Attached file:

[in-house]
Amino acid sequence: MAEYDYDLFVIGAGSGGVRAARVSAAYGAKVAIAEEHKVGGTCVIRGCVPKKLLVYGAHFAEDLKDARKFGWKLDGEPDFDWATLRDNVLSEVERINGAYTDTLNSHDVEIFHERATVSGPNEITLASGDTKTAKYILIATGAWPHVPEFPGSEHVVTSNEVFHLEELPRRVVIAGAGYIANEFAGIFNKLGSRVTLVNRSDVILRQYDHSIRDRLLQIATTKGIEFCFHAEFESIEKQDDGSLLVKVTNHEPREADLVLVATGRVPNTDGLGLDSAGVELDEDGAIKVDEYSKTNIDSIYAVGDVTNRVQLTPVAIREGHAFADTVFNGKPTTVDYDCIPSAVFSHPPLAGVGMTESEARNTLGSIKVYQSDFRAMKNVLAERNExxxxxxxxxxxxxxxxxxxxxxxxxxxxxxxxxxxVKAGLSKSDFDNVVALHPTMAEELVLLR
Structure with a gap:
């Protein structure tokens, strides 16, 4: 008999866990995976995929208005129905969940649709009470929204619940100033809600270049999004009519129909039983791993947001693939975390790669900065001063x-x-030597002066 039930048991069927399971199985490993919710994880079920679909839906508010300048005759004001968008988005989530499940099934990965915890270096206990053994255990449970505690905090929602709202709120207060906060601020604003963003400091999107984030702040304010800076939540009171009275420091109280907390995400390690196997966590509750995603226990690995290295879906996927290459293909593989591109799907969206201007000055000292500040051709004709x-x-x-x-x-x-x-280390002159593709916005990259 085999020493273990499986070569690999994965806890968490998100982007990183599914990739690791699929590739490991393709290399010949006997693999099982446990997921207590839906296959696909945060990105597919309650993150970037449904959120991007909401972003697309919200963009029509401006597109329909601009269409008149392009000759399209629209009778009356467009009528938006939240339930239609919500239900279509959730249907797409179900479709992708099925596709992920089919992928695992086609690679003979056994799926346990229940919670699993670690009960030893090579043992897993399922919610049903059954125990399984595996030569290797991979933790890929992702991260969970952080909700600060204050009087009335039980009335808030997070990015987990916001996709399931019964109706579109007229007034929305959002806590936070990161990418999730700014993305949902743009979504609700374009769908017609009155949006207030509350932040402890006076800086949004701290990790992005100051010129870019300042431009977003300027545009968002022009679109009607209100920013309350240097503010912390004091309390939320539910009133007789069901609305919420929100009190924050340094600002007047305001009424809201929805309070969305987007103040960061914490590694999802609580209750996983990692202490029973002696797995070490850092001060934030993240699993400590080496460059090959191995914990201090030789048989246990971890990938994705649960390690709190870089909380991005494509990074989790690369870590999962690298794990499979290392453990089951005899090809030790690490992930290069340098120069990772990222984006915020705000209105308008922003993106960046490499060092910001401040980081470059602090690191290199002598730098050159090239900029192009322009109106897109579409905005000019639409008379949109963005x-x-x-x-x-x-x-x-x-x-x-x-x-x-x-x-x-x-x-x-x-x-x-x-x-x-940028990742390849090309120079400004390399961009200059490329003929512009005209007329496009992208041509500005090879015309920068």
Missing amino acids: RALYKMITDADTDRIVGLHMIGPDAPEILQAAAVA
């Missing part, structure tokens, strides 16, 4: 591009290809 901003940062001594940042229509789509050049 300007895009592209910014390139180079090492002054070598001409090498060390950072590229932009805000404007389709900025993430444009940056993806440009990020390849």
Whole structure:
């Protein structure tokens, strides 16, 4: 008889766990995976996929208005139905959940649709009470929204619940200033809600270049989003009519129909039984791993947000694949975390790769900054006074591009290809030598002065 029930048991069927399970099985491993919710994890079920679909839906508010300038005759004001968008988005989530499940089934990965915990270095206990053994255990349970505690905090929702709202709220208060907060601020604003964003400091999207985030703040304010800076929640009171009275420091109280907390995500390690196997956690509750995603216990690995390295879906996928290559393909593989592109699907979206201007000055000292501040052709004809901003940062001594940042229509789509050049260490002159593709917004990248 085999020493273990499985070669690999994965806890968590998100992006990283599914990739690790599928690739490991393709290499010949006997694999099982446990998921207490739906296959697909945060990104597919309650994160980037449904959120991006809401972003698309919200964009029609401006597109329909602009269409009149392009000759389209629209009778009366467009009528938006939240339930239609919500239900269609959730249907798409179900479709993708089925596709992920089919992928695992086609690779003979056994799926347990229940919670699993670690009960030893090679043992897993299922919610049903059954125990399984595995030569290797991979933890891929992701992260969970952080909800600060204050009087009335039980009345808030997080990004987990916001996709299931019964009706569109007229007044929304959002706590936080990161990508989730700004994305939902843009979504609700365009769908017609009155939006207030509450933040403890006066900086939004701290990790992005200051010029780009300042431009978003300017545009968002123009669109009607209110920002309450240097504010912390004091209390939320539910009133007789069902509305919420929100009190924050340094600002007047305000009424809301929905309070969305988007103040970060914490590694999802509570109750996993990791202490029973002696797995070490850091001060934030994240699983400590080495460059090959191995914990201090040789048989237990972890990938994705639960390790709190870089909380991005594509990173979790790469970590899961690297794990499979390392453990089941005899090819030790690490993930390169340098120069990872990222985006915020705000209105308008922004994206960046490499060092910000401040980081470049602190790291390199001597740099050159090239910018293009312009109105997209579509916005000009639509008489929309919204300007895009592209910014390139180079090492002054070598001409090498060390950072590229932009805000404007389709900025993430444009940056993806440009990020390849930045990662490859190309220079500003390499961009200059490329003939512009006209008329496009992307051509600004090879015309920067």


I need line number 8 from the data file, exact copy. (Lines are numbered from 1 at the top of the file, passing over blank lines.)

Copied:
């Protein structure tokens, strides 16, 4: 008889766990995976996929208005139905959940649709009470929204619940200033809600270049989003009519129909039984791993947000694949975390790769900054006074591009290809030598002065 029930048991069927399970099985491993919710994890079920679909839906508010300038005759004001968008988005989530499940089934990965915990270095206990053994255990349970505690905090929702709202709220208060907060601020604003964003400091999207985030703040304010800076929640009171009275420091109280907390995500390690196997956690509750995603216990690995390295879906996928290559393909593989592109699907979206201007000055000292501040052709004809901003940062001594940042229509789509050049260490002159593709917004990248 085999020493273990499985070669690999994965806890968590998100992006990283599914990739690790599928690739490991393709290499010949006997694999099982446990998921207490739906296959697909945060990104597919309650994160980037449904959120991006809401972003698309919200964009029609401006597109329909602009269409009149392009000759389209629209009778009366467009009528938006939240339930239609919500239900269609959730249907798409179900479709993708089925596709992920089919992928695992086609690779003979056994799926347990229940919670699993670690009960030893090679043992897993299922919610049903059954125990399984595995030569290797991979933890891929992701992260969970952080909800600060204050009087009335039980009345808030997080990004987990916001996709299931019964009706569109007229007044929304959002706590936080990161990508989730700004994305939902843009979504609700365009769908017609009155939006207030509450933040403890006066900086939004701290990790992005200051010029780009300042431009978003300017545009968002123009669109009607209110920002309450240097504010912390004091209390939320539910009133007789069902509305919420929100009190924050340094600002007047305000009424809301929905309070969305988007103040970060914490590694999802509570109750996993990791202490029973002696797995070490850091001060934030994240699983400590080495460059090959191995914990201090040789048989237990972890990938994705639960390790709190870089909380991005594509990173979790790469970590899961690297794990499979390392453990089941005899090819030790690490993930390169340098120069990872990222985006915020705000209105308008922004994206960046490499060092910000401040980081470049602190790291390199001597740099050159090239910018293009312009109105997209579509916005000009639509008489929309919204300007895009592209910014390139180079090492002054070598001409090498060390950072590229932009805000404007389709900025993430444009940056993806440009990020390849930045990662490859190309220079500003390499961009200059490329003939512009006209008329496009992307051509600004090879015309920067």